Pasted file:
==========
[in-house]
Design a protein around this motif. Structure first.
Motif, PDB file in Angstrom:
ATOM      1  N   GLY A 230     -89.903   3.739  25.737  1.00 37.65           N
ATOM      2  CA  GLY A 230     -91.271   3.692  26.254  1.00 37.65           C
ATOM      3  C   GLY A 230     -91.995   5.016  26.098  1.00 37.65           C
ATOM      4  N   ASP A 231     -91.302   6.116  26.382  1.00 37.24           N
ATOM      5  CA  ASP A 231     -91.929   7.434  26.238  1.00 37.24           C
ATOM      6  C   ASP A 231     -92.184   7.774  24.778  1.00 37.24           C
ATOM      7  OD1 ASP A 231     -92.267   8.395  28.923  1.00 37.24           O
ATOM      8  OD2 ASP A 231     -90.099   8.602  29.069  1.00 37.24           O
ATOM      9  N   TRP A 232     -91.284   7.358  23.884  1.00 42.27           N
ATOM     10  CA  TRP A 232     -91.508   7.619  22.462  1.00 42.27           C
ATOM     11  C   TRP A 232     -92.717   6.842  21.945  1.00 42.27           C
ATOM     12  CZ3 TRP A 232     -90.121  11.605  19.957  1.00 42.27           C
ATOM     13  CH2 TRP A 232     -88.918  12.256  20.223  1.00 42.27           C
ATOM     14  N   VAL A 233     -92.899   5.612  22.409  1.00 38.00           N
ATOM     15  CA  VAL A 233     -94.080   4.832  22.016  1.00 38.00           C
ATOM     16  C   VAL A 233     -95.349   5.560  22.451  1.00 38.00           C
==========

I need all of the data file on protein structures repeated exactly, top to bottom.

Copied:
[in-house]
Design a protein around this motif. Structure first.
Motif, PDB file in Angstrom:
ATOM      1  N   GLY A 230     -89.903   3.739  25.737  1.00 37.65           N
ATOM      2  CA  GLY A 230     -91.271   3.692  26.254  1.00 37.65           C
ATOM      3  C   GLY A 230     -91.995   5.016  26.098  1.00 37.65           C
ATOM      4  N   ASP A 231     -91.302   6.116  26.382  1.00 37.24           N
ATOM      5  CA  ASP A 231     -91.929   7.434  26.238  1.00 37.24           C
ATOM      6  C   ASP A 231     -92.184   7.774  24.778  1.00 37.24           C
ATOM      7  OD1 ASP A 231     -92.267   8.395  28.923  1.00 37.24           O
ATOM      8  OD2 ASP A 231     -90.099   8.602  29.069  1.00 37.24           O
ATOM      9  N   TRP A 232     -91.284   7.358  23.884  1.00 42.27           N
ATOM     10  CA  TRP A 232     -91.508   7.619  22.462  1.00 42.27           C
ATOM     11  C   TRP A 232     -92.717   6.842  21.945  1.00 42.27           C
ATOM     12  CZ3 TRP A 232     -90.121  11.605  19.957  1.00 42.27           C
ATOM     13  CH2 TRP A 232     -88.918  12.256  20.223  1.00 42.27           C
ATOM     14  N   VAL A 233     -92.899   5.612  22.409  1.00 38.00           N
ATOM     15  CA  VAL A 233     -94.080   4.832  22.016  1.00 38.00           C
ATOM     16  C   VAL A 233     -95.349   5.560  22.451  1.00 38.00           C